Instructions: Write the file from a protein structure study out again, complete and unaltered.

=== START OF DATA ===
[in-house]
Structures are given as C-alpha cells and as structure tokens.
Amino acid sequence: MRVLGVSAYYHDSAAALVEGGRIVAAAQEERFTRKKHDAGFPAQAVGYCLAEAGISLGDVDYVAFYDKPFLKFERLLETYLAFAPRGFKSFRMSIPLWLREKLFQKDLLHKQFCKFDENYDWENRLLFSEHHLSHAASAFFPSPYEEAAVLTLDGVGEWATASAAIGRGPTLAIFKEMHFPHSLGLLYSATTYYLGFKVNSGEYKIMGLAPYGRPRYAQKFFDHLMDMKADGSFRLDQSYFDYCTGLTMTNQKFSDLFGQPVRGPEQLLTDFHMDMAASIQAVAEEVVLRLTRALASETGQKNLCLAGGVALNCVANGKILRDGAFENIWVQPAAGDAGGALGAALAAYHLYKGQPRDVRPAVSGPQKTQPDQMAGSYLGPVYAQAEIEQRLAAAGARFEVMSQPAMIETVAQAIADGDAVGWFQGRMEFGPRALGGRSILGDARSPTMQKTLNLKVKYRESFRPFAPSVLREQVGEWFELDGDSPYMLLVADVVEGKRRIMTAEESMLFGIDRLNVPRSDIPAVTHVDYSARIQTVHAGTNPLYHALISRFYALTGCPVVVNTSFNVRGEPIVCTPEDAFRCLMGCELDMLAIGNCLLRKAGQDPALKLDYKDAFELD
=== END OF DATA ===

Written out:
[in-house]
Structures are given as C-alpha cells and as structure tokens.
Amino acid sequence: MRVLGVSAYYHDSAAALVEGGRIVAAAQEERFTRKKHDAGFPAQAVGYCLAEAGISLGDVDYVAFYDKPFLKFERLLETYLAFAPRGFKSFRMSIPLWLREKLFQKDLLHKQFCKFDENYDWENRLLFSEHHLSHAASAFFPSPYEEAAVLTLDGVGEWATASAAIGRGPTLAIFKEMHFPHSLGLLYSATTYYLGFKVNSGEYKIMGLAPYGRPRYAQKFFDHLMDMKADGSFRLDQSYFDYCTGLTMTNQKFSDLFGQPVRGPEQLLTDFHMDMAASIQAVAEEVVLRLTRALASETGQKNLCLAGGVALNCVANGKILRDGAFENIWVQPAAGDAGGALGAALAAYHLYKGQPRDVRPAVSGPQKTQPDQMAGSYLGPVYAQAEIEQRLAAAGARFEVMSQPAMIETVAQAIADGDAVGWFQGRMEFGPRALGGRSILGDARSPTMQKTLNLKVKYRESFRPFAPSVLREQVGEWFELDGDSPYMLLVADVVEGKRRIMTAEESMLFGIDRLNVPRSDIPAVTHVDYSARIQTVHAGTNPLYHALISRFYALTGCPVVVNTSFNVRGEPIVCTPEDAFRCLMGCELDMLAIGNCLLRKAGQDPALKLDYKDAFELD